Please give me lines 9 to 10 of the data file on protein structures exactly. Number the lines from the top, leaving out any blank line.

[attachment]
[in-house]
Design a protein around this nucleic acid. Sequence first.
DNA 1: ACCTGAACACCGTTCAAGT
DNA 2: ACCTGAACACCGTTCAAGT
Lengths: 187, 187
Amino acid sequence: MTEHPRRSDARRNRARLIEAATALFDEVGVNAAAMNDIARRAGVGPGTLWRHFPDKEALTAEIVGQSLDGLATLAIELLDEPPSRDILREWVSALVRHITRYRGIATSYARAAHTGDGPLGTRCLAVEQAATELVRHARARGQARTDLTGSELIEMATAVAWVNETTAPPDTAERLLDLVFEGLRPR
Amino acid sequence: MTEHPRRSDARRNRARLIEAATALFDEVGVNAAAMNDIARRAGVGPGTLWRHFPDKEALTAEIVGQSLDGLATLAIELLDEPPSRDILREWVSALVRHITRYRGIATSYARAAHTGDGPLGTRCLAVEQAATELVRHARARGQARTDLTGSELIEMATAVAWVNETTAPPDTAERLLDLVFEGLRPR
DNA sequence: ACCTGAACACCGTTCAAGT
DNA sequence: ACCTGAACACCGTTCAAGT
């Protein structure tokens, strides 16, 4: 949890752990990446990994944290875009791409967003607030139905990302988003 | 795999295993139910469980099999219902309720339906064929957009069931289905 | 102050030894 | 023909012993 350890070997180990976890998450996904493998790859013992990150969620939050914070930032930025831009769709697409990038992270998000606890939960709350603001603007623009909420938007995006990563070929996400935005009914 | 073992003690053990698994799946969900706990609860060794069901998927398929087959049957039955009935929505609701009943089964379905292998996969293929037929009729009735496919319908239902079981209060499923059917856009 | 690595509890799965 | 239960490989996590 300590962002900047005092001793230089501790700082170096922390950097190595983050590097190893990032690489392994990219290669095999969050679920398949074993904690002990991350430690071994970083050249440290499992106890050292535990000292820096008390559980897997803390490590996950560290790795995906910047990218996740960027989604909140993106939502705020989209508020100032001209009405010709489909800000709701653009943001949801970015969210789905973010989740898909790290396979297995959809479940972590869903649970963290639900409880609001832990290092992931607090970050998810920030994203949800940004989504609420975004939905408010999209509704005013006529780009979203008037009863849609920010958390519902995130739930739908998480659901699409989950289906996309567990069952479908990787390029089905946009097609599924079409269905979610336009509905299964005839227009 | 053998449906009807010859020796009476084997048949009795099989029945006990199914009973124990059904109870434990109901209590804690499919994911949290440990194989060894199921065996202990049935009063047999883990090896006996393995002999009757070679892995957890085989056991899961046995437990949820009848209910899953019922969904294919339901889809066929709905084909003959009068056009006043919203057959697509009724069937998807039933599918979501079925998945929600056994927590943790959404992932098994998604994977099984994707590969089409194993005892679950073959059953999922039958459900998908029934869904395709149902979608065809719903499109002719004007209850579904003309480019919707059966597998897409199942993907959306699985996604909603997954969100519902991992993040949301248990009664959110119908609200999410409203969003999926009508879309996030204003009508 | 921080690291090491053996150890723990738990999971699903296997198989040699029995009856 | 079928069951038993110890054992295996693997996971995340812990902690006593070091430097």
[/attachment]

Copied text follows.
DNA sequence: ACCTGAACACCGTTCAAGT
């Protein structure tokens, strides 16, 4: 949890752990990446990994944290875009791409967003607030139905990302988003 | 795999295993139910469980099999219902309720339906064929957009069931289905 | 102050030894 | 023909012993 350890070997180990976890998450996904493998790859013992990150969620939050914070930032930025831009769709697409990038992270998000606890939960709350603001603007623009909420938007995006990563070929996400935005009914 | 073992003690053990698994799946969900706990609860060794069901998927398929087959049957039955009935929505609701009943089964379905292998996969293929037929009729009735496919319908239902079981209060499923059917856009 | 690595509890799965 | 239960490989996590 300590962002900047005092001793230089501790700082170096922390950097190595983050590097190893990032690489392994990219290669095999969050679920398949074993904690002990991350430690071994970083050249440290499992106890050292535990000292820096008390559980897997803390490590996950560290790795995906910047990218996740960027989604909140993106939502705020989209508020100032001209009405010709489909800000709701653009943001949801970015969210789905973010989740898909790290396979297995959809479940972590869903649970963290639900409880609001832990290092992931607090970050998810920030994203949800940004989504609420975004939905408010999209509704005013006529780009979203008037009863849609920010958390519902995130739930739908998480659901699409989950289906996309567990069952479908990787390029089905946009097609599924079409269905979610336009509905299964005839227009 | 053998449906009807010859020796009476084997048949009795099989029945006990199914009973124990059904109870434990109901209590804690499919994911949290440990194989060894199921065996202990049935009063047999883990090896006996393995002999009757070679892995957890085989056991899961046995437990949820009848209910899953019922969904294919339901889809066929709905084909003959009068056009006043919203057959697509009724069937998807039933599918979501079925998945929600056994927590943790959404992932098994998604994977099984994707590969089409194993005892679950073959059953999922039958459900998908029934869904395709149902979608065809719903499109002719004007209850579904003309480019919707059966597998897409199942993907959306699985996604909603997954969100519902991992993040949301248990009664959110119908609200999410409203969003999926009508879309996030204003009508 | 921080690291090491053996150890723990738990999971699903296997198989040699029995009856 | 079928069951038993110890054992295996693997996971995340812990902690006593070091430097």